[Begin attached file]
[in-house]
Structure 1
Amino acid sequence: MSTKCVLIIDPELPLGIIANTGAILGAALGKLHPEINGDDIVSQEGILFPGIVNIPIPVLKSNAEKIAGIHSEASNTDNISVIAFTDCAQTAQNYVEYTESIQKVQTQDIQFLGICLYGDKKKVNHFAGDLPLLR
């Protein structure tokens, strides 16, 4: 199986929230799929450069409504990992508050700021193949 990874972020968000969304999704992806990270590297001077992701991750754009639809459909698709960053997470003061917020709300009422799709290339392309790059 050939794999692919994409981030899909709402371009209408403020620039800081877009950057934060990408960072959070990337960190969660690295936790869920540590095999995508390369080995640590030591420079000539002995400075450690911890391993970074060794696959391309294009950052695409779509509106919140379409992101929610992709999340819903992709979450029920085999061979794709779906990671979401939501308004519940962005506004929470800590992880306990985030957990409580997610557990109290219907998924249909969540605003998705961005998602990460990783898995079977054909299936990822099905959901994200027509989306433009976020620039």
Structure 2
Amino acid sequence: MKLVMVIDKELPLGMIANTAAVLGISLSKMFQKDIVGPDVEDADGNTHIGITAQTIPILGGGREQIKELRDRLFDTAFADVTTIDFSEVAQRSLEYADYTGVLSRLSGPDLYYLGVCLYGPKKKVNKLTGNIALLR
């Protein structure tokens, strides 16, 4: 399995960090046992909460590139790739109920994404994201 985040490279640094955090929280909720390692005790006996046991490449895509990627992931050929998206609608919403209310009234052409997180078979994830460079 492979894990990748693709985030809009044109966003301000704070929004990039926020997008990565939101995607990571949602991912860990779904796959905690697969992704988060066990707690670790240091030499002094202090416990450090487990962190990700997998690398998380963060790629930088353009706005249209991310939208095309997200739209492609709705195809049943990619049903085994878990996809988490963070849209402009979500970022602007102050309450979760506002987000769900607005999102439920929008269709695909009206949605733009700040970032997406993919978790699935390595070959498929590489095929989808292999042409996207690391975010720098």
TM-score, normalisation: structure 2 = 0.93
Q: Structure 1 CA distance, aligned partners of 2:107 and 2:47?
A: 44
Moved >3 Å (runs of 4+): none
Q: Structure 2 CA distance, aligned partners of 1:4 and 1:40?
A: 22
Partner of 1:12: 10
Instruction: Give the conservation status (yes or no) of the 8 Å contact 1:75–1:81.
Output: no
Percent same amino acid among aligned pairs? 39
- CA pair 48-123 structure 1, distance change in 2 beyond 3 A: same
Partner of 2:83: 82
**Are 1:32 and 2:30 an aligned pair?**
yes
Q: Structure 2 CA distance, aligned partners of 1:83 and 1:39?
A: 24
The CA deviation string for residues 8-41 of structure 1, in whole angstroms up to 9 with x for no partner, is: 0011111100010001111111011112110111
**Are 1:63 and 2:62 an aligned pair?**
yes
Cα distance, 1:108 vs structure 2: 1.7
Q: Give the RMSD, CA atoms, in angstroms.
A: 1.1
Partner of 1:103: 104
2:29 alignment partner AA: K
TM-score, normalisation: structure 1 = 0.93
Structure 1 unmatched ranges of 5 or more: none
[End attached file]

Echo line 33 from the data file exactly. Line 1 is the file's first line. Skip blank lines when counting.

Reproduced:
Structure 1 unmatched ranges of 5 or more: none